I recently attended a disabled student-led panel session, organised by Warwick Enable and Autism at Warwick, where students shared their experiences and challenges studying at Warwick. I also attended an Echo360 Webinar in which Dr Emily Nordmann shared evidence from research around student attendance when lectures were recorded. In particular, disproving the myth that students […]
Read More A little less suspicion, a little more trust
A recent Guardian Higher Education article titled It’s hard being a carer and a PhD student. My university couldn’t care less has inspired me to ask the question; when does inclusive practice become preferential treatment? I love the Guardian Higher Ed articles, they are always thought-provoking. So what compelled me to write about this one in […]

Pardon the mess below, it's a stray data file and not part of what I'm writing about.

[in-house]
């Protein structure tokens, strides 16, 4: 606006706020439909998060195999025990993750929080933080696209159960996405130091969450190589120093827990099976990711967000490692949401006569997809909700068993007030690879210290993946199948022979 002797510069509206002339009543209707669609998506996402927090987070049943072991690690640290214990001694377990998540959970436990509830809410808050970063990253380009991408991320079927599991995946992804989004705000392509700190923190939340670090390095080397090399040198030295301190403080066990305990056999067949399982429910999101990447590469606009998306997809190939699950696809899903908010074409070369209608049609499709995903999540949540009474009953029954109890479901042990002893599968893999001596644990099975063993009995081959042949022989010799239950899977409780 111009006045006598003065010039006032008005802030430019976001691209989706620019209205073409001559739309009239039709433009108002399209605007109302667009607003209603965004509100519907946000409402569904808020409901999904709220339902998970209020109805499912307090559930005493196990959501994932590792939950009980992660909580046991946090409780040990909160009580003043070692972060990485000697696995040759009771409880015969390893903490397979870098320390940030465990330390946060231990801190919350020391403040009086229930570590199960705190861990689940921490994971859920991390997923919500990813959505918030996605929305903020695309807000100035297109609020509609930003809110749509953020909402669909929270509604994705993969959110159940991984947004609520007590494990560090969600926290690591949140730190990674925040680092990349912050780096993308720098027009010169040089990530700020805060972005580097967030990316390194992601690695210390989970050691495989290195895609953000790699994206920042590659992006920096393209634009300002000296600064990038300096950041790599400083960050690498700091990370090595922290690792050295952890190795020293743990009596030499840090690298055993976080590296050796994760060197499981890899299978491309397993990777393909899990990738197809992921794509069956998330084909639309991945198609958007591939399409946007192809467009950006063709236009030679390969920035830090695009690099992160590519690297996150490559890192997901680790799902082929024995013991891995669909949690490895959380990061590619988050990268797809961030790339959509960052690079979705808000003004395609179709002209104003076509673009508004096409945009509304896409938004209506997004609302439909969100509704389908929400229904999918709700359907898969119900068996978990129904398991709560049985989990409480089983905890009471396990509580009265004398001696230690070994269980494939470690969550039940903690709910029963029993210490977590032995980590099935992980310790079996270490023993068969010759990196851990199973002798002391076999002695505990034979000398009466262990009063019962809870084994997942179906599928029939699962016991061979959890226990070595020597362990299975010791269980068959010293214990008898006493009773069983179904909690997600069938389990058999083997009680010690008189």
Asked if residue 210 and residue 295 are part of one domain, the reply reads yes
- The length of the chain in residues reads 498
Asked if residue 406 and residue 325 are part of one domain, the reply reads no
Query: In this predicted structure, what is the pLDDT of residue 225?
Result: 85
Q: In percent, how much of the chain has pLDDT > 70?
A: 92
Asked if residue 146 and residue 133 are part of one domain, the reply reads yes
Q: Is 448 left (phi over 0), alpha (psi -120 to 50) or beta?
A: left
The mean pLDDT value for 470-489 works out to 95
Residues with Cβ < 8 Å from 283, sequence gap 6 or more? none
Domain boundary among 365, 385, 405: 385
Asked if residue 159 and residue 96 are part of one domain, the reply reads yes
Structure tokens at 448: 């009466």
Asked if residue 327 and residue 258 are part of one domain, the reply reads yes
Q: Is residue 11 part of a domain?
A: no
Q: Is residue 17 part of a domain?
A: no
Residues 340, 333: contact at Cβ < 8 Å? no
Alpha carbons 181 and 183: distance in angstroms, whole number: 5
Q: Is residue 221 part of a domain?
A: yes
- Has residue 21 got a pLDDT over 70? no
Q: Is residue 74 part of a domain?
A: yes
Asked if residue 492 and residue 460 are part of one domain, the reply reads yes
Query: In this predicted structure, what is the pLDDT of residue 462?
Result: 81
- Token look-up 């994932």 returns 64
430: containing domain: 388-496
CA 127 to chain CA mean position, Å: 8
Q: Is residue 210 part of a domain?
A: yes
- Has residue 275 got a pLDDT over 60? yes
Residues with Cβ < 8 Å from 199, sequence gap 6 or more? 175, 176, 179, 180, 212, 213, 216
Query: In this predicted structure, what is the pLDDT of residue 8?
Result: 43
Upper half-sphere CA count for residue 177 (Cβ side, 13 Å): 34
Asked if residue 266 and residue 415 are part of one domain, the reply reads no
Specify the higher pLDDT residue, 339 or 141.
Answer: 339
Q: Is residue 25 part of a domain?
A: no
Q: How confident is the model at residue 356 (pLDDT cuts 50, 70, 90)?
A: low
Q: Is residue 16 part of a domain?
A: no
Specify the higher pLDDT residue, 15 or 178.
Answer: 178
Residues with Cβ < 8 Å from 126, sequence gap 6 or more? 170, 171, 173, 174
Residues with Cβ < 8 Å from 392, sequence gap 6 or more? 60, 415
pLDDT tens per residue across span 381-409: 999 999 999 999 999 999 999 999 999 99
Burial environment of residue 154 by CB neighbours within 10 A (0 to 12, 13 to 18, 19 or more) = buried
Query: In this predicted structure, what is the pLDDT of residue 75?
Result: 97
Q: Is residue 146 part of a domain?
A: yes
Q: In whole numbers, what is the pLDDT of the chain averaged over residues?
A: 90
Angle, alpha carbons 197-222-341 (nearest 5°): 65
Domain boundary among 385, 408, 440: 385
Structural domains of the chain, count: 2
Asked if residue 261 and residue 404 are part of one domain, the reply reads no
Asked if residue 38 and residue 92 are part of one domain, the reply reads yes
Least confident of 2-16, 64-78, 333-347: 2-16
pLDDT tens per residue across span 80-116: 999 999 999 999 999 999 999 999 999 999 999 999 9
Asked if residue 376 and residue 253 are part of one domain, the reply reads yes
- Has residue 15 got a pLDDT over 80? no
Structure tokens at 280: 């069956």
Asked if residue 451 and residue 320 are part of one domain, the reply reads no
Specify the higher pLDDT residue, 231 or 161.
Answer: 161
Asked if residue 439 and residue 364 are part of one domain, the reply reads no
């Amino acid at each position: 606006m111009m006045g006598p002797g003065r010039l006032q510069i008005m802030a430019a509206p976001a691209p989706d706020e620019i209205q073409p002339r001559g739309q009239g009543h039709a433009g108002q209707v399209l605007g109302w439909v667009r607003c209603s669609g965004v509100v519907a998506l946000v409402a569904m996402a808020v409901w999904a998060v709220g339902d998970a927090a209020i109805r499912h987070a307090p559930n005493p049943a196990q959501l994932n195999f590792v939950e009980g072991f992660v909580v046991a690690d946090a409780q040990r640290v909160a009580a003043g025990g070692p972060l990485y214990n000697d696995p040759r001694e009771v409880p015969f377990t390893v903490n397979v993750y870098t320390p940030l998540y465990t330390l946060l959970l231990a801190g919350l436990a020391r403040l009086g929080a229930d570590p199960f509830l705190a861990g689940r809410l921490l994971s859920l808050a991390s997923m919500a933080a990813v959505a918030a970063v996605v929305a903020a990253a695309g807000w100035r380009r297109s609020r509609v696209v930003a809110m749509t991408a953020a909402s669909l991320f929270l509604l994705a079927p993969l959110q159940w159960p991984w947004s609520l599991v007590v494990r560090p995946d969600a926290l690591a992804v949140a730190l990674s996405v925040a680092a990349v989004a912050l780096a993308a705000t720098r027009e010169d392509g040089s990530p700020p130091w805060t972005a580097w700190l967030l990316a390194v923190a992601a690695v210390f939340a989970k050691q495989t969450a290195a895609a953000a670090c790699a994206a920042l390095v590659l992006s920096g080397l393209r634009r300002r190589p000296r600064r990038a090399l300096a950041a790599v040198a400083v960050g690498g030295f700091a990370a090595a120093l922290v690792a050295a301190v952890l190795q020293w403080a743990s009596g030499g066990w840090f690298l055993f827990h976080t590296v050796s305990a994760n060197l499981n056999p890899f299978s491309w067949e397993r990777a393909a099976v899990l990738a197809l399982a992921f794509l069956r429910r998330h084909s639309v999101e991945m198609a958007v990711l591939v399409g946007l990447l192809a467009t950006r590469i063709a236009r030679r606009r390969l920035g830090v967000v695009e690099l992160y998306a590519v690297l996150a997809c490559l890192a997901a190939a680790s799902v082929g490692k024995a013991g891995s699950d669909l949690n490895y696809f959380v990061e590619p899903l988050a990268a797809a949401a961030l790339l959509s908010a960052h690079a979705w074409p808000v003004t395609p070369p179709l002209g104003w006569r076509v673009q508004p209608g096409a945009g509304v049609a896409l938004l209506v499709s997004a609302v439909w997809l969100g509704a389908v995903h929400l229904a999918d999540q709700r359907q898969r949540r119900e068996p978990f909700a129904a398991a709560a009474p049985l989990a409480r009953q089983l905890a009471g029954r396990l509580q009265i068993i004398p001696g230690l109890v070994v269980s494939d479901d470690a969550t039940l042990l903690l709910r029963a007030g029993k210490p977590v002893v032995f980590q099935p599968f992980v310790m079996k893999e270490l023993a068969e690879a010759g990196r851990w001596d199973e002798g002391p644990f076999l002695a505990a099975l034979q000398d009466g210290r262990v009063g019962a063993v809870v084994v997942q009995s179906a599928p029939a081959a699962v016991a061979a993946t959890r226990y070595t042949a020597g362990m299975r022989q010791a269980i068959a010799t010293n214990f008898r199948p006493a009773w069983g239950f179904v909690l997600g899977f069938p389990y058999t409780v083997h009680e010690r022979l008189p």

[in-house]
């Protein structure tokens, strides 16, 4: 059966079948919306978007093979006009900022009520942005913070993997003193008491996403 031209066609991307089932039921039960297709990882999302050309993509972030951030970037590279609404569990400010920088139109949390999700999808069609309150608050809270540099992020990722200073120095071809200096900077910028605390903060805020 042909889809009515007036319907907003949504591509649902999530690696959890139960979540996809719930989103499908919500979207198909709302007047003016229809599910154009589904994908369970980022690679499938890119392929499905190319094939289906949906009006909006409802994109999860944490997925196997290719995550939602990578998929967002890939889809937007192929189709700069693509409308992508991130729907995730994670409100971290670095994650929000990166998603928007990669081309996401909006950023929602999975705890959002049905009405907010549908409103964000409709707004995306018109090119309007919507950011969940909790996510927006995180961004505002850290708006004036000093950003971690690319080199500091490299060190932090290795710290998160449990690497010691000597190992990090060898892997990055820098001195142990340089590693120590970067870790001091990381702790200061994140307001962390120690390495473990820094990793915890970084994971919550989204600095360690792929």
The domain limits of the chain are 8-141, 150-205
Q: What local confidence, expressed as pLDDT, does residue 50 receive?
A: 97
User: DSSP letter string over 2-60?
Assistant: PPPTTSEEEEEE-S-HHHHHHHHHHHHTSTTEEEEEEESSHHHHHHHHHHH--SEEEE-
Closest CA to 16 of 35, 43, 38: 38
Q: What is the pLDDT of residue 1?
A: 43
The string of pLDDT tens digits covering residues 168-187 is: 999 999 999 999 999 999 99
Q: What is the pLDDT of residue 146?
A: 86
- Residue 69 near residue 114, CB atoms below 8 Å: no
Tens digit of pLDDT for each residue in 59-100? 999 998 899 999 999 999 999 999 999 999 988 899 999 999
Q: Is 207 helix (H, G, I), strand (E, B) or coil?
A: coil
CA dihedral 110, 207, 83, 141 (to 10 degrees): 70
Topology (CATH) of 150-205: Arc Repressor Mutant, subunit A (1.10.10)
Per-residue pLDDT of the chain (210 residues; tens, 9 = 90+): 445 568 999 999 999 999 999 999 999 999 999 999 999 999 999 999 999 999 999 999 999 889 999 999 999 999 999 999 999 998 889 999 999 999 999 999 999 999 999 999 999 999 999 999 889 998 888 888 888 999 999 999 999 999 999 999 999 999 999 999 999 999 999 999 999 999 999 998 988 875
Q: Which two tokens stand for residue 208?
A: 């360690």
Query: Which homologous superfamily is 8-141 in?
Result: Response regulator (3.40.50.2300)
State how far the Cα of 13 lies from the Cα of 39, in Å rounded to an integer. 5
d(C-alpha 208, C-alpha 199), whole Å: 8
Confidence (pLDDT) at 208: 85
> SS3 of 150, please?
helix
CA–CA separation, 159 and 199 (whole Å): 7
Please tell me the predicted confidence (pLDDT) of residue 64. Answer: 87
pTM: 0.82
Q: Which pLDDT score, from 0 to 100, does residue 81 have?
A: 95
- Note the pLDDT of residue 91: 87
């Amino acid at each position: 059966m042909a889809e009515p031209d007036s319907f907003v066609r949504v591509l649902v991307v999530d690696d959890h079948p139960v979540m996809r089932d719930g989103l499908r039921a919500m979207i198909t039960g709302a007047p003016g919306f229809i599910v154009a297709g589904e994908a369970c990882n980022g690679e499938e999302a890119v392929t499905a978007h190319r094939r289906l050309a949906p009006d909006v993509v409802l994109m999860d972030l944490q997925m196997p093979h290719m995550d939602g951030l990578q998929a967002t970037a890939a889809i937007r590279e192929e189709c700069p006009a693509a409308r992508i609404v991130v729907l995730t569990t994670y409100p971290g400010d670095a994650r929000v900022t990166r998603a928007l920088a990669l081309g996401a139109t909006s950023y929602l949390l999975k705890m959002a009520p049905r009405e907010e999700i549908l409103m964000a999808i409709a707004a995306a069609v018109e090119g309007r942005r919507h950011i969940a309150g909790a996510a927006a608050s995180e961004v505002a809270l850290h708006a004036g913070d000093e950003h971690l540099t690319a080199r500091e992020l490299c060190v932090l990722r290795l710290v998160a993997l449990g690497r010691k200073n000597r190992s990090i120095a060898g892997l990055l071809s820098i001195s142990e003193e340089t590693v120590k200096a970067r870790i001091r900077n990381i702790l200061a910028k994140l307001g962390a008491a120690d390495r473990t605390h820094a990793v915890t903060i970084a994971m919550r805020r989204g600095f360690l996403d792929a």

Read More When does inclusive practice become preferential treatment?
I have had a number of bad experiences in teaching, difficult students, technical failures, a students nodding off, but this blog is an account of my worst experience in teaching. I emphasise the so far part. Teaching is a fickle mistress possessed of mood swings envied by even the most hormonal teens. It doesn’t matter how good […]
Read More My worst teaching experience (so far)
Let me start by saying the title of this blog in no way represents my feelings towards disability. I simply used it as a cheap and tawdry device to draw attention to an issue which is often overlooked. I attended a fantastic training session last week called Dis-ability Confident facilitated by Clare Mclaughlin. I must confess to some […]
Read More Disabled? I’m not. So what?